The daily pandemic news continues to be a worry for all of us. There are the obvious big picture worries, played out relentlessly on our screens and in our minds. What will open and when? Will cases remain low? How do we get the economy back on track?
Underneath all of those are the individual strains we are experiencing. Of not being able to visit or be visited by loved family and friends, of being isolated and anxious, of struggling financially or having to abandon long-held plans for work, study, travel and a myriad other joys.
This week, the mental health toll to date was quantified. The federal health department advised that since March 16, there has been a national 15 per cent increase in the number of Medicare-subsidised mental health services delivered, with 7.4 million services provided. Unsurprisingly, the numbers are even higher in Victoria - up 31 per cent compared to this time last year.
In addition, the use of Beyond Blue's Support line was 77 per cent higher in Victoria than in the rest of the country, 16 per cent higher for Lifeline and 24 per cent for Kids Helpline. As Federal Health Minister Greg Hunt said, this data is of significant concern.
As welcome as these moves are, they also underline another problem - the shortfall of mental health professionals, particularly in regional areas.
Help is available and it is growing, as we saw earlier this month in the federal budget, which logged record investment in mental health of $5.7 billion in 2020-21. We welcome that but we know it still can only go so far - literally and geographically.
One of the important measures in the budget was the decision to double the number, from 10 to 20, of Medicare-subsidised individual psychological therapy sessions available each calendar year.
The budget also included funding for 12 months for 15 "pop-up" mental health clinics, six of which are in regional Victoria.
These "Head to Help" clinics are for anyone experiencing emotional distress, mental ill health and/or addiction along with their families and carers and will temporarily address a critical gap in the system. Remarkably, the clinics were set up in 15 locations in just four weeks, demonstrating what can be achieved when there is strong political will. Of course, the need will last longer than 12 months and we urge the federal government to upgrade them to permanent mental health centres under the much larger and longer-term national program that was announced in the 2019 budget.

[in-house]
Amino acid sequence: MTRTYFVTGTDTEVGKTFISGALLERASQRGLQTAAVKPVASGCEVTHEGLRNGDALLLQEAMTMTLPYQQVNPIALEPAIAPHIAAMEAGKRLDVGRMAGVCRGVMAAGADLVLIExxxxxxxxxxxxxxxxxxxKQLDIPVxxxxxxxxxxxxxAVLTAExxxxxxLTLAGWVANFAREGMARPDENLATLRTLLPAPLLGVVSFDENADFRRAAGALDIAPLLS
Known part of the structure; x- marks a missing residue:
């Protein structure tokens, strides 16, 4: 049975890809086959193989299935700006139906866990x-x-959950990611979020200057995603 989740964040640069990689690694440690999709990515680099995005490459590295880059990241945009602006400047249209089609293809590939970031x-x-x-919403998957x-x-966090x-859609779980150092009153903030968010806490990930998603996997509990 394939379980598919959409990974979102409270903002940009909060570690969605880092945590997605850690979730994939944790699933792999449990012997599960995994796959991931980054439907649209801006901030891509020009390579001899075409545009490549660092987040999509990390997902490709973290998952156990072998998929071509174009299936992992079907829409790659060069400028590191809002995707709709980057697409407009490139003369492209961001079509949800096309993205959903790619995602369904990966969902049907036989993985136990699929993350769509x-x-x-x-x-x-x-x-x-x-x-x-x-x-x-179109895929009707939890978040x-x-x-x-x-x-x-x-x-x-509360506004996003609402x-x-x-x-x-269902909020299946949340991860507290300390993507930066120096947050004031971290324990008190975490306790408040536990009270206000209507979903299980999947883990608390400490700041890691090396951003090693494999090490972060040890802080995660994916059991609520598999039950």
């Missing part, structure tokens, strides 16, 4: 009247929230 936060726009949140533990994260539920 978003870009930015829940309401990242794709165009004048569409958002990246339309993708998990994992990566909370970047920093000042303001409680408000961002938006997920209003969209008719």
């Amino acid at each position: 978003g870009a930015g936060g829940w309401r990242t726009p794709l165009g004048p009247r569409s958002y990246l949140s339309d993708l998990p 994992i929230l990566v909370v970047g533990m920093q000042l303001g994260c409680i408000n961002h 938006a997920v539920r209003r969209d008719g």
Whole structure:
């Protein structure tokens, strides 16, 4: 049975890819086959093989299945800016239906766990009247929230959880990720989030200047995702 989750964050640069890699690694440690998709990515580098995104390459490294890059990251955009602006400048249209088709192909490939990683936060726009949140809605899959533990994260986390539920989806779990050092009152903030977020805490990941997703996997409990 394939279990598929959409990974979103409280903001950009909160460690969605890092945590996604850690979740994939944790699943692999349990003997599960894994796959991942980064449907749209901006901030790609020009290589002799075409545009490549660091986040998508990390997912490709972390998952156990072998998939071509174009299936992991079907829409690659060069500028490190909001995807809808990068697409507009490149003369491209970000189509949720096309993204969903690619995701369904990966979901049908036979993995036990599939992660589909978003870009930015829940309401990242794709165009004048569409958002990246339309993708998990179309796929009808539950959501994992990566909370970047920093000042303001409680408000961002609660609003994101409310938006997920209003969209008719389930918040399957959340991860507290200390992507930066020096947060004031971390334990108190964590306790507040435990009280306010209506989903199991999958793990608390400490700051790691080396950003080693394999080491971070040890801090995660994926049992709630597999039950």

But as welcome as these moves are, they also underline another problem - the shortfall of mental health professionals, particularly in regional areas. That's why telehealth is so crucial and why we are urging the federal government to continue its broad availability beyond March 2021. But that won't solve the workforce issue.
The federal government's new university funding model will encourage more students to study mental health nursing, clinical psychology and other relevant degrees and courses - but again, that's not the panacea for rural and regional areas.
State and federal governments must work together to identify where the skill gaps are, but not just by numbers of people in those roles, but by location.
We are also urging enough supported placements and incentives for mental health specialists to work in the regions.
The interim report of the Productivity Commission's inquiry into mental health addressed the issue clearly. It said governments should make working in rural and remote areas more attractive by "reducing professional isolation, increasing opportunities for professional development, and improving the scope to take leave". I suspect one of the silver linings from the pandemic may be that more professionals will want to work in regional Victoria.
The Productivity Commission has now lodged its final report with the federal government. We eagerly await its release, as we do the final report of the Royal Commission into Victoria's Mental Health System in February. Combined, they provide the blueprint for reform and investment in mental health for the next 10 years. Increasing numbers of Victorians are now depending on them.
Angus Clelland is chief executive of Mental Health Victoria.
- For support, contact the Beyond Blue coronavirus mental wellbeing support service for free advice and counselling on 1800 512 348 or online, Lifeline 13 11 14, Kids Helpline 1800 55 1800, or Victoria Head to Help intake, advice and referral line 1800 595 212.